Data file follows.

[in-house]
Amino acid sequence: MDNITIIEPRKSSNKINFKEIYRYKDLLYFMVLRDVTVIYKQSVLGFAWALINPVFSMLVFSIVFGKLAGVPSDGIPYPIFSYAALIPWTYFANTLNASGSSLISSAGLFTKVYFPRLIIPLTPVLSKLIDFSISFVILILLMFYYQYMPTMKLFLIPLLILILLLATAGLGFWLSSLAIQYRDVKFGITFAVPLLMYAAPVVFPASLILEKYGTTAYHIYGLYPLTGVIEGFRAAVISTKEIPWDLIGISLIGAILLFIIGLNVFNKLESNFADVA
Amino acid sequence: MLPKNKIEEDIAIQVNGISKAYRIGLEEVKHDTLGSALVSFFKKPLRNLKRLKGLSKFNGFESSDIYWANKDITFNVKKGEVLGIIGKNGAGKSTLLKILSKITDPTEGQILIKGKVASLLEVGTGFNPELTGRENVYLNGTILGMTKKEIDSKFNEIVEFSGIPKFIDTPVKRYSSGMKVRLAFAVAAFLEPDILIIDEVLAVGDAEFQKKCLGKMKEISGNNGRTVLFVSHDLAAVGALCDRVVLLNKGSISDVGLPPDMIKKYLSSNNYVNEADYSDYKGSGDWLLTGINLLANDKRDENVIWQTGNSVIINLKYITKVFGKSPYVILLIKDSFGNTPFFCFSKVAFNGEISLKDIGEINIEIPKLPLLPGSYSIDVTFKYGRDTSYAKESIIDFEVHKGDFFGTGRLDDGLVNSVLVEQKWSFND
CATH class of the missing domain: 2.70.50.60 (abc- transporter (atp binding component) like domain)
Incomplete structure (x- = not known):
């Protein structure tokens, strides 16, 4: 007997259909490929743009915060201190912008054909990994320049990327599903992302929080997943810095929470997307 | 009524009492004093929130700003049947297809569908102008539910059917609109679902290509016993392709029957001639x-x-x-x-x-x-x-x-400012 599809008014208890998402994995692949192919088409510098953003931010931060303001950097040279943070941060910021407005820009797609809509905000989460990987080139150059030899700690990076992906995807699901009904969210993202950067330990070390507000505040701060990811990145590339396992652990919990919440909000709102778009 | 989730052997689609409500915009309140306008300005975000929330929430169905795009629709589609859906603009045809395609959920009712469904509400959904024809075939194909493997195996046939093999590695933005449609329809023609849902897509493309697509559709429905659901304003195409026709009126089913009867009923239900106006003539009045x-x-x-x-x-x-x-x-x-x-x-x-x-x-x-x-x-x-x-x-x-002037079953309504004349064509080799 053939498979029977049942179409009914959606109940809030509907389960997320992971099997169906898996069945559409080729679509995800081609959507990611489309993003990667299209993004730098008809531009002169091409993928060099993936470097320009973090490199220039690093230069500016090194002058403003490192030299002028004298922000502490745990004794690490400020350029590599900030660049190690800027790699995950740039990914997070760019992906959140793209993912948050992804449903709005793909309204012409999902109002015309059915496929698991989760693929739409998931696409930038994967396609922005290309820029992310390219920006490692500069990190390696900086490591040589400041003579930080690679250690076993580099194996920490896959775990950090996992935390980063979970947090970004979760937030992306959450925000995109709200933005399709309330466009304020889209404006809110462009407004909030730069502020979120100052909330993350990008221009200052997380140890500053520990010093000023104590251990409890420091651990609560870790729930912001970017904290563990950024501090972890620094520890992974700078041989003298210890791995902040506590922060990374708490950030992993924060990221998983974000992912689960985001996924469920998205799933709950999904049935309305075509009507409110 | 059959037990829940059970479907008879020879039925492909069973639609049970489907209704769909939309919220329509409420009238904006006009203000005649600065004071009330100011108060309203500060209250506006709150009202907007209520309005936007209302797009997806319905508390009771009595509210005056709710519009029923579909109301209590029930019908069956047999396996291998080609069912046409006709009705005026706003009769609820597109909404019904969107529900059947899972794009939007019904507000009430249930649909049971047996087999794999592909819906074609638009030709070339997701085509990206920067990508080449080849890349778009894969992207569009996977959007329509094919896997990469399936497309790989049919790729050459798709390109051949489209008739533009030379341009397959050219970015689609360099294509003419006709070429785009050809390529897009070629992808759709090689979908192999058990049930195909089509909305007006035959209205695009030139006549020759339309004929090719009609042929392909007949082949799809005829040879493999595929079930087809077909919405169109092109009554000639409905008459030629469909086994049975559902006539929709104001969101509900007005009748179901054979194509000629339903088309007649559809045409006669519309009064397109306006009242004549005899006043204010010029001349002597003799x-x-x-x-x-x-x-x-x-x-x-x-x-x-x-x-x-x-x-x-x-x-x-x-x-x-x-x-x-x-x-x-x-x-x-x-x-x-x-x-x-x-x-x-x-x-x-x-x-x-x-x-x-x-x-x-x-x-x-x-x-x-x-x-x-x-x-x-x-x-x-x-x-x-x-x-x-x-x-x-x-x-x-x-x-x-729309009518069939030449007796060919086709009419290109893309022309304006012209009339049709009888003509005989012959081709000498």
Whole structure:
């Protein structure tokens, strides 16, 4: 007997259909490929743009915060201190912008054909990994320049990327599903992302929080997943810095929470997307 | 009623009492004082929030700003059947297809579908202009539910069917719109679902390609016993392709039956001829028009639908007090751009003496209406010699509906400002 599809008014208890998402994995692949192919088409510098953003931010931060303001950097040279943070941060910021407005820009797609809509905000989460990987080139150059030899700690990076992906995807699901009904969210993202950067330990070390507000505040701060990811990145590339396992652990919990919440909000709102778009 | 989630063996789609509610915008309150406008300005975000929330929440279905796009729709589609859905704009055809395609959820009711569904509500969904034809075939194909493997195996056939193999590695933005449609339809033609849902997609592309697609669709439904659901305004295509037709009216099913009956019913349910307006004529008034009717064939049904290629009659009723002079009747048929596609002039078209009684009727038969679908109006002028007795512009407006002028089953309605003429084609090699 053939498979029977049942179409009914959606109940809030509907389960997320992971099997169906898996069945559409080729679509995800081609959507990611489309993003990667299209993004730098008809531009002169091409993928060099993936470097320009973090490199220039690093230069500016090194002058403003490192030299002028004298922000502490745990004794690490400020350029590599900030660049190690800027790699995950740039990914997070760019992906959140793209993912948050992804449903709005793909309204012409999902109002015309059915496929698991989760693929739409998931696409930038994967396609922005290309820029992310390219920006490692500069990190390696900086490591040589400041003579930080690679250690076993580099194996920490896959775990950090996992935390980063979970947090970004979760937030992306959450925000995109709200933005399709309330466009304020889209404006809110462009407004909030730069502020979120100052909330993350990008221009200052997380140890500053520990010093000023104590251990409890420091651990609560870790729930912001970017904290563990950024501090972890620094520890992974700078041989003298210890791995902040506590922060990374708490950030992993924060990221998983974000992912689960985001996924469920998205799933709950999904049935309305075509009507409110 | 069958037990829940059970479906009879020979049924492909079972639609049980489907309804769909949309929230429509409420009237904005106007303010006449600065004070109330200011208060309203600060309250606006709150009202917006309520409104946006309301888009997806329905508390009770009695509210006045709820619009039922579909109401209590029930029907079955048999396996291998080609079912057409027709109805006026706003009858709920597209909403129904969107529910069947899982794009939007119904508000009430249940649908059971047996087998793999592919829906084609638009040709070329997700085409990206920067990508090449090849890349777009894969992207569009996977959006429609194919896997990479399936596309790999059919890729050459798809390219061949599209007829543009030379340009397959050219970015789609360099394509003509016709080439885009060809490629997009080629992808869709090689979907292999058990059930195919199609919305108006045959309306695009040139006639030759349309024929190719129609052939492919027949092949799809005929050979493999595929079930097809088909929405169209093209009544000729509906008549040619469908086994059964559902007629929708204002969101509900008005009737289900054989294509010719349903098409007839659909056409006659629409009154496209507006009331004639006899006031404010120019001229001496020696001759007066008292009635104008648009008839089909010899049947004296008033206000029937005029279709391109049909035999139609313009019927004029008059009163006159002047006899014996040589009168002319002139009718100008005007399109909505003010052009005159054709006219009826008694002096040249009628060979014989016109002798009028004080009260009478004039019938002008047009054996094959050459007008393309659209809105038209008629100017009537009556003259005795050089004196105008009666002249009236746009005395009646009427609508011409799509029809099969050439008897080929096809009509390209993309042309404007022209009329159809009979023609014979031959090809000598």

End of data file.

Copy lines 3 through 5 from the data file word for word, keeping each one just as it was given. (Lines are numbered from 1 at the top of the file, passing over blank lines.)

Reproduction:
Amino acid sequence: MLPKNKIEEDIAIQVNGISKAYRIGLEEVKHDTLGSALVSFFKKPLRNLKRLKGLSKFNGFESSDIYWANKDITFNVKKGEVLGIIGKNGAGKSTLLKILSKITDPTEGQILIKGKVASLLEVGTGFNPELTGRENVYLNGTILGMTKKEIDSKFNEIVEFSGIPKFIDTPVKRYSSGMKVRLAFAVAAFLEPDILIIDEVLAVGDAEFQKKCLGKMKEISGNNGRTVLFVSHDLAAVGALCDRVVLLNKGSISDVGLPPDMIKKYLSSNNYVNEADYSDYKGSGDWLLTGINLLANDKRDENVIWQTGNSVIINLKYITKVFGKSPYVILLIKDSFGNTPFFCFSKVAFNGEISLKDIGEINIEIPKLPLLPGSYSIDVTFKYGRDTSYAKESIIDFEVHKGDFFGTGRLDDGLVNSVLVEQKWSFND
CATH class of the missing domain: 2.70.50.60 (abc- transporter (atp binding component) like domain)
Incomplete structure (x- = not known):